Director, Counter Terrorist Explosives Center/Counter Proliferation. Provided the proposal, sponsor follow-up, technical basis, and program structure needed to establish the Counter Terrorist Explosive Center (CTEC). Provide the management, direction, and leadership for the CTEC. Conducted the marketing, sponsor contact and follow-up on various Counter Proliferation programs. One program has initial funding in the Senate FY 98 authorization bill for a $5 million - 18 month program. Another program, which is a $63 million - 5 year effort, has been penciled into the FY 99 budget. Hosted an International Workshop on Non-Ideal Explosives.
New Mexico Institute of Mining and Technology (1998-2001)
Program Manager of the TedibeAr Program. Provided the program management and technical guidance of this basic technology development program intended to investigate the ability of this technology to provide an innovative way of countering weapons of mass destruction. The development team includes Texas A&M University, Los Alamos National Laboratory, Cornell University, and Applied Pulsed Power, Inc. Conducted research in experimentally determining the time dependence in the energy release of non-ideal explosives. Conducted theoretical research resulting in showing that the Quantum Principle put forward by Weyl in 1929 requires a generalization of the Yang-Mills fields for the interaction of two particles, a generalization of the Su(3) group for the description of three particle systems, and a quantum gravity which has Einstein’s General Theory of Relativity as a subset.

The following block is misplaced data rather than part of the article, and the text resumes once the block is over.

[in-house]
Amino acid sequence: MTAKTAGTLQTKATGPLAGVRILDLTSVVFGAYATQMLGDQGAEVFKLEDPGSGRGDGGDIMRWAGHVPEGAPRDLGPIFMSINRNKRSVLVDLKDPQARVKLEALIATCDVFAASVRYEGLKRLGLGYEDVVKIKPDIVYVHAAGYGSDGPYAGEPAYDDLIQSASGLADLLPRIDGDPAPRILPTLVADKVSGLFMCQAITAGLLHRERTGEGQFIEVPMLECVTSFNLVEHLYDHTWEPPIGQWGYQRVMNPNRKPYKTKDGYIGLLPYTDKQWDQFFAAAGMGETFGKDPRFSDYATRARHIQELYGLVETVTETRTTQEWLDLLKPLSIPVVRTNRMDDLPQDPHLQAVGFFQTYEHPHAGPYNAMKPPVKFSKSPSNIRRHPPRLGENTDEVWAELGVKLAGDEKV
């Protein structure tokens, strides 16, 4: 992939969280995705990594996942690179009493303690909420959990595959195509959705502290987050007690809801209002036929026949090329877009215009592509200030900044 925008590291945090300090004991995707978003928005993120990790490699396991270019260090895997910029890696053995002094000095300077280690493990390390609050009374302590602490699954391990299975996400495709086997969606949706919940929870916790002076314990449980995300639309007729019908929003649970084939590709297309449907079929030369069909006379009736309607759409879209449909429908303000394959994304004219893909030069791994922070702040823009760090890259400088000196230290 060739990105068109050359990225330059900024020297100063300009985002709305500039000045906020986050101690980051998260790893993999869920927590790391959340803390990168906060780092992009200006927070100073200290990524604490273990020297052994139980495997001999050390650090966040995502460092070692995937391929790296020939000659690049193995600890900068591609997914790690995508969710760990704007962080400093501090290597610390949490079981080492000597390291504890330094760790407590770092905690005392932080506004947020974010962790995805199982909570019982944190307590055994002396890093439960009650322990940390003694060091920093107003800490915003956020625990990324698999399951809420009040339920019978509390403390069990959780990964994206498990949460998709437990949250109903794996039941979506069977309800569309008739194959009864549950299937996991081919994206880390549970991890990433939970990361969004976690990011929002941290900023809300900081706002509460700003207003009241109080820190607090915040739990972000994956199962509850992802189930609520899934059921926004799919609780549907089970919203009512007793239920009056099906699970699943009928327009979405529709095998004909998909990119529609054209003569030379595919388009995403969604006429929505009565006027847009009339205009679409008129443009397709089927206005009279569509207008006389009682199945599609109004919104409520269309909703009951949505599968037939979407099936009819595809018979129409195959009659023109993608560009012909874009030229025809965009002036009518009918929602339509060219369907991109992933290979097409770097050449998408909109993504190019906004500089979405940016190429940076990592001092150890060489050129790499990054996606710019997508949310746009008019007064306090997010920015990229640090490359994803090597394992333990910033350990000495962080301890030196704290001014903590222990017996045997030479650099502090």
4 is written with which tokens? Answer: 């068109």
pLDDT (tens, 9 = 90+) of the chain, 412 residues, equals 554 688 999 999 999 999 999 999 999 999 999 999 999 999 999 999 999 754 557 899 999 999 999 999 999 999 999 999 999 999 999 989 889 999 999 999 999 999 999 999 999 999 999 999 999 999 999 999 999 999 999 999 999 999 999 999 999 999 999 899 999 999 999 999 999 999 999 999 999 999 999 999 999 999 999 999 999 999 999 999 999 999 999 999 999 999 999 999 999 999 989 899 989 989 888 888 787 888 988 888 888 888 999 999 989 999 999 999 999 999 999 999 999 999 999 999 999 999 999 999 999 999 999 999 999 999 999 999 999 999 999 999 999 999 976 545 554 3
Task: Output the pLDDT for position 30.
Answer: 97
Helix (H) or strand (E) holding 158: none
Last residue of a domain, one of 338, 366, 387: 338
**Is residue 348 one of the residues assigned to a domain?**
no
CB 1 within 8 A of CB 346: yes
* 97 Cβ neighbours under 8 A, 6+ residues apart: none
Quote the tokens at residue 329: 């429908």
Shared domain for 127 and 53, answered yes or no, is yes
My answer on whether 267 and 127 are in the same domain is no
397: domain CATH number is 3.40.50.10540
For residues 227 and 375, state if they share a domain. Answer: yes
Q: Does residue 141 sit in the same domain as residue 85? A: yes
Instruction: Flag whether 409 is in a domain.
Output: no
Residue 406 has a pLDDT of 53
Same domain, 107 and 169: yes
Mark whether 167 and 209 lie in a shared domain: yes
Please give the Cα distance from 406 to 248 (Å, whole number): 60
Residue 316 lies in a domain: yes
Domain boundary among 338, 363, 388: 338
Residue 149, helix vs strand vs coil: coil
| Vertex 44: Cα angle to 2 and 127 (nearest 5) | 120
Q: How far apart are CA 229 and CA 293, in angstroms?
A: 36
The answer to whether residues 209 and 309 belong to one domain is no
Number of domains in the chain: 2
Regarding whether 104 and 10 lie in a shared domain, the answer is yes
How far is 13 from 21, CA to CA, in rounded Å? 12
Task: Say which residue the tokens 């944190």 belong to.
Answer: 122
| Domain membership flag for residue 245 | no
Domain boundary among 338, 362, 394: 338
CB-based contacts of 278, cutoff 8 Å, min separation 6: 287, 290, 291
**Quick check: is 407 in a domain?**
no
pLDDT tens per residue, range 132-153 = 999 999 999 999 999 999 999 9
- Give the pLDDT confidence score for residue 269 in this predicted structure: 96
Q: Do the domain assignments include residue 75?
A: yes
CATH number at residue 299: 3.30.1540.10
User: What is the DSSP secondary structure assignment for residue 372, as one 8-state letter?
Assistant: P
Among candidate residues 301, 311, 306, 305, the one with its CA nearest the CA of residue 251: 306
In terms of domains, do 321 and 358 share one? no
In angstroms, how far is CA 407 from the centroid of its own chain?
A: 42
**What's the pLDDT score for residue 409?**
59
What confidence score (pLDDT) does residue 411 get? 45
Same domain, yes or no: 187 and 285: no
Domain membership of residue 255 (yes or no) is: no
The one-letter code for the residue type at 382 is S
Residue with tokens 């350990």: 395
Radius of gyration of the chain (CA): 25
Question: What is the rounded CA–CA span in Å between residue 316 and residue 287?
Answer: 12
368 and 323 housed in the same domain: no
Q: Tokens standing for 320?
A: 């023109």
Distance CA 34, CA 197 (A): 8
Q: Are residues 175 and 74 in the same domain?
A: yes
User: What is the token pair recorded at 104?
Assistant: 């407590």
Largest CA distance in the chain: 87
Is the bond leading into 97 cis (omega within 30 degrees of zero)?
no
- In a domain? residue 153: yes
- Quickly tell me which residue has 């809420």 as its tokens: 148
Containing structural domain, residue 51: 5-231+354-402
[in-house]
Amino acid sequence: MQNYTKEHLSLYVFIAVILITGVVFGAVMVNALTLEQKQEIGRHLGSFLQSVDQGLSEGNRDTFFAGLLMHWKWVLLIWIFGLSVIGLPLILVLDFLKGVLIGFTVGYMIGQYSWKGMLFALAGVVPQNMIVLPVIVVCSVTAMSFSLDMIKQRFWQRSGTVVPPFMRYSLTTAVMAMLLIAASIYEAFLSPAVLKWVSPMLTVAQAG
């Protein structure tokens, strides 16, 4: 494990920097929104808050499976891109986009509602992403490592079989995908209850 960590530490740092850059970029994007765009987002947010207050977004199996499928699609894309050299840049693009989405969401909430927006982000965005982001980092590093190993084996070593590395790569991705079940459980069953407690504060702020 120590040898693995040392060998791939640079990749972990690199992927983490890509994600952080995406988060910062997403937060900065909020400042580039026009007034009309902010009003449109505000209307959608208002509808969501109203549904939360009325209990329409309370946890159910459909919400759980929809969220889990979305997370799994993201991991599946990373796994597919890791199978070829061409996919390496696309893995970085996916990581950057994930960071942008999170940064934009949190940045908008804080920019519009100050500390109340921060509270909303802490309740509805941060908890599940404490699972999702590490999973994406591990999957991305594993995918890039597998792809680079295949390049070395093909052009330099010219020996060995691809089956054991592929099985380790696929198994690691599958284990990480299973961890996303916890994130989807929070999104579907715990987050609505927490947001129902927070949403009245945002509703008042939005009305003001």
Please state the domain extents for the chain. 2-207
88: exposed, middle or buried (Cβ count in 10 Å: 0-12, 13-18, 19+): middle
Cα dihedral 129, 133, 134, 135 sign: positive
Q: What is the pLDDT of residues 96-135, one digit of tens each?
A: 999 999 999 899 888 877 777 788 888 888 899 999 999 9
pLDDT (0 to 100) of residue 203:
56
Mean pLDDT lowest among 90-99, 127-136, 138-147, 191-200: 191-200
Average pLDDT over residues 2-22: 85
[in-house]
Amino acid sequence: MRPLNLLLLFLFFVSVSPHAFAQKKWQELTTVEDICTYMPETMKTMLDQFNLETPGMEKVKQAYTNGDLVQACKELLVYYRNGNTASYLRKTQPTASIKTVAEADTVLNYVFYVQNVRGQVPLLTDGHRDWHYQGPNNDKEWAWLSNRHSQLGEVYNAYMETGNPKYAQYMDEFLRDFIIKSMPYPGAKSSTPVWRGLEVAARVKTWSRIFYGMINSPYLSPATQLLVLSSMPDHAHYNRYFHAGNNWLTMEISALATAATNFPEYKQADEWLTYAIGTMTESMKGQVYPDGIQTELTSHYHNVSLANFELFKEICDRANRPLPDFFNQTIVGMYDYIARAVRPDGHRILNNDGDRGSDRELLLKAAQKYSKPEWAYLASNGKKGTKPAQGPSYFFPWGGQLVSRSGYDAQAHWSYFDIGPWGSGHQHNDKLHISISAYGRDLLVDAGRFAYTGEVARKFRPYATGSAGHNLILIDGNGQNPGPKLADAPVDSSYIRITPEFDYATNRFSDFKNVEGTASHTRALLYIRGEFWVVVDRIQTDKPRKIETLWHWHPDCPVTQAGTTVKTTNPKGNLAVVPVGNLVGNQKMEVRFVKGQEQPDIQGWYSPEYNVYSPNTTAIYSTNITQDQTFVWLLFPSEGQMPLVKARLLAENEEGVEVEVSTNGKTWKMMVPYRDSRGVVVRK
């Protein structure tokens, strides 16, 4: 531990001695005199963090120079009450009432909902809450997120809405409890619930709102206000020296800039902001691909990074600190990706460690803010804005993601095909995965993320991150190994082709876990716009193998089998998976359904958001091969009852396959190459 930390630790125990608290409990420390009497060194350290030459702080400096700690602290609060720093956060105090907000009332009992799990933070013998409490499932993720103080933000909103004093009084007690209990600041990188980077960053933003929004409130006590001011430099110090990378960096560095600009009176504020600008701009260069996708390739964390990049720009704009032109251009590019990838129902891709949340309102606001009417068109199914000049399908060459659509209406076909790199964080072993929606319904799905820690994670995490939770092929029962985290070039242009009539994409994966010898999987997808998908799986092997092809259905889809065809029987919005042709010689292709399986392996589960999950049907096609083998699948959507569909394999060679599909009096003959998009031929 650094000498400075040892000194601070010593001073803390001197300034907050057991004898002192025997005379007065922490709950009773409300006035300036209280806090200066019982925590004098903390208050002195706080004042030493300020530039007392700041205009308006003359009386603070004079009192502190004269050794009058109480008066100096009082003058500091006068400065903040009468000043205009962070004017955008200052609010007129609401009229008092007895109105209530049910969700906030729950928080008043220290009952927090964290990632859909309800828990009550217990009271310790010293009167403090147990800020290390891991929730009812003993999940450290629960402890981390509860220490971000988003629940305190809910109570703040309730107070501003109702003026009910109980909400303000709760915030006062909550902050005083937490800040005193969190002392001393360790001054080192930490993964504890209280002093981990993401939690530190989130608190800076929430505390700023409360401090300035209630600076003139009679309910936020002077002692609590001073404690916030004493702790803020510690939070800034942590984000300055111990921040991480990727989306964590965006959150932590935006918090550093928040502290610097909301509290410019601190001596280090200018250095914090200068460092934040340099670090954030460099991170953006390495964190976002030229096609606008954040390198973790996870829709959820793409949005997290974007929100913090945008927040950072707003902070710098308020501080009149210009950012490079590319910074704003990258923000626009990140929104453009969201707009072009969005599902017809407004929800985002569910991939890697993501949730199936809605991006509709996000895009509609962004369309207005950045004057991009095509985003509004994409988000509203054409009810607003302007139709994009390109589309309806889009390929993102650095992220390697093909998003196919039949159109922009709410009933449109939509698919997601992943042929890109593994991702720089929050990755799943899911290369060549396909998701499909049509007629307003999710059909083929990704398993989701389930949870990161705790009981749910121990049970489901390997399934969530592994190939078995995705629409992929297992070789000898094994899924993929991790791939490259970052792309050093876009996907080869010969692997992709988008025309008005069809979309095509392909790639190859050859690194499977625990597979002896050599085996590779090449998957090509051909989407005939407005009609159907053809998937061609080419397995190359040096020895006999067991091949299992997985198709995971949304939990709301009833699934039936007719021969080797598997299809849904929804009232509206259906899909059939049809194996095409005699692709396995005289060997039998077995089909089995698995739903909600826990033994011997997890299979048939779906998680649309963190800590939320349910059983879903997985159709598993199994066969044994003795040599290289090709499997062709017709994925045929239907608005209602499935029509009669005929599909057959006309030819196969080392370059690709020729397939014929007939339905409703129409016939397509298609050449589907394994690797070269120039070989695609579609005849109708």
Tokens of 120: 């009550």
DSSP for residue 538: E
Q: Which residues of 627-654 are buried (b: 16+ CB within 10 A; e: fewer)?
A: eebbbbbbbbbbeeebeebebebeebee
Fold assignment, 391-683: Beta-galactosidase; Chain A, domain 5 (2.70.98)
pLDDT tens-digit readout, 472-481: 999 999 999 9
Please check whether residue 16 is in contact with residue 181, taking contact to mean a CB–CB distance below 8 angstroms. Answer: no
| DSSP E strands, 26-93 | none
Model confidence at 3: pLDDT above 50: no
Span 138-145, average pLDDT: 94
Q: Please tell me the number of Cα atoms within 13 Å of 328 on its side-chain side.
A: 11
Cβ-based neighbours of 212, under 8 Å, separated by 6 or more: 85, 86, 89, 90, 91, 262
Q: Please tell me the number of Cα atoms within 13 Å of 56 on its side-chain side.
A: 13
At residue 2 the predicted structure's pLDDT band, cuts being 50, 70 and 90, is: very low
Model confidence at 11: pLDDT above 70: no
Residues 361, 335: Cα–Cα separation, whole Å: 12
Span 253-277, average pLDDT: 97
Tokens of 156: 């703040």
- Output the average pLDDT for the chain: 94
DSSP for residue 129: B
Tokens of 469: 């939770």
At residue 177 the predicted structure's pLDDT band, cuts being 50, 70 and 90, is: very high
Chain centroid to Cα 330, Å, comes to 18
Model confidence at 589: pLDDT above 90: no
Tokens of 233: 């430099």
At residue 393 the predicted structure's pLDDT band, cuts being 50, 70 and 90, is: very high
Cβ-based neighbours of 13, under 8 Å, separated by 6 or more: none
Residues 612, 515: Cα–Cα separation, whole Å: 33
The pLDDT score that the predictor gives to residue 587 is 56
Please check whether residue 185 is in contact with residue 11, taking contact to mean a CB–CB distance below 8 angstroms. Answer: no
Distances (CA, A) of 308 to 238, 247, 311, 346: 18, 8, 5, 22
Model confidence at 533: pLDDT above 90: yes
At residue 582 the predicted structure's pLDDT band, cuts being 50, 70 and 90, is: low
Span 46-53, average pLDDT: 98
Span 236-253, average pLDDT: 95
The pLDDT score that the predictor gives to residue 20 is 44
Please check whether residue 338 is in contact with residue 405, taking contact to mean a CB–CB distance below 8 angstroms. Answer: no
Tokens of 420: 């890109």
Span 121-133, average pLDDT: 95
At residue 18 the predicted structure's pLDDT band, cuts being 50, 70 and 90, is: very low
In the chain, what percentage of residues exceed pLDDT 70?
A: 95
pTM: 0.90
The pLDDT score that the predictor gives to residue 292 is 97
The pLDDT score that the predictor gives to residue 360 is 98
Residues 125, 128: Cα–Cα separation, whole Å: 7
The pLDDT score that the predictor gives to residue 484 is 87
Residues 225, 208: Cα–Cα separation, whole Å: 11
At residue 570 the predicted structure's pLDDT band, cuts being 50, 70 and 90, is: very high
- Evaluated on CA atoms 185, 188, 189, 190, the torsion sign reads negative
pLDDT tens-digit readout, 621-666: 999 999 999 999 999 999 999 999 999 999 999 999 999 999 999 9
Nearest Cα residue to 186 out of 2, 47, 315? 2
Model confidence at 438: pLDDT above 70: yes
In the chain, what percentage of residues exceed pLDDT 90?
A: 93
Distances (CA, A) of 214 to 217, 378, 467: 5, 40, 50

Williams Research Corporation (2001-present)
Providing analysis and consulting on explosives and their effects. Conducting theoretical investigations and new applications for weapons, lasers and communications.
New Mexico Institute of Mining and Technology (2001-present)
Adjunct faculty teaching graduate level classes in detonation theory.
PUBLICATIONS AND REPORTS:
1. Williams, P.E., 1976, "On a Possible Formulation of Particle Dynamics in Terms of Thermo- dynamic Conceptualizations and the Role of Entropy in it," thesis, U.S. Naval Postgraduate School.
2. Williams, P.E., 1977, "The Principles of the Dynamic Theory," Research Report EW-77-4, U.S. Naval Academy.
3. Williams, P.E., 1980, "The Dynamic Theory: A New View of Space, Time, and Matter," Los Alamos National Lab report LA-8370-MS, December.
4. Williams, P.E., 1981, "The Dynamic Theory: Some Shockwave and Energy Implications," Los Alamos National Lab report LA-8402-MS, February.
5. Williams, P.E., 1981, "The Arrow of Time in the Dynamic Theory," Los Alamos National Lab report LA-8690-MS, February.
6. Carden, A.E., P.E. Williams, and R.R. Karpp, 1981, "Comparison of Flow Curves of 6061 Aluminum Alloy at High and Low Strain Rates," published in Shock Waves and High-Strain-Rate Phenomena in Metals, ed. M.A. Meyers and L.E. Murr, Plenum Press.
7. Williams, P.E., 1983, "The Nuclear Model from the Dynamic Theory," presented at the Third Annual Southwest Theoretical Physics Conference, at University of Colorado, Boulder, CO, March.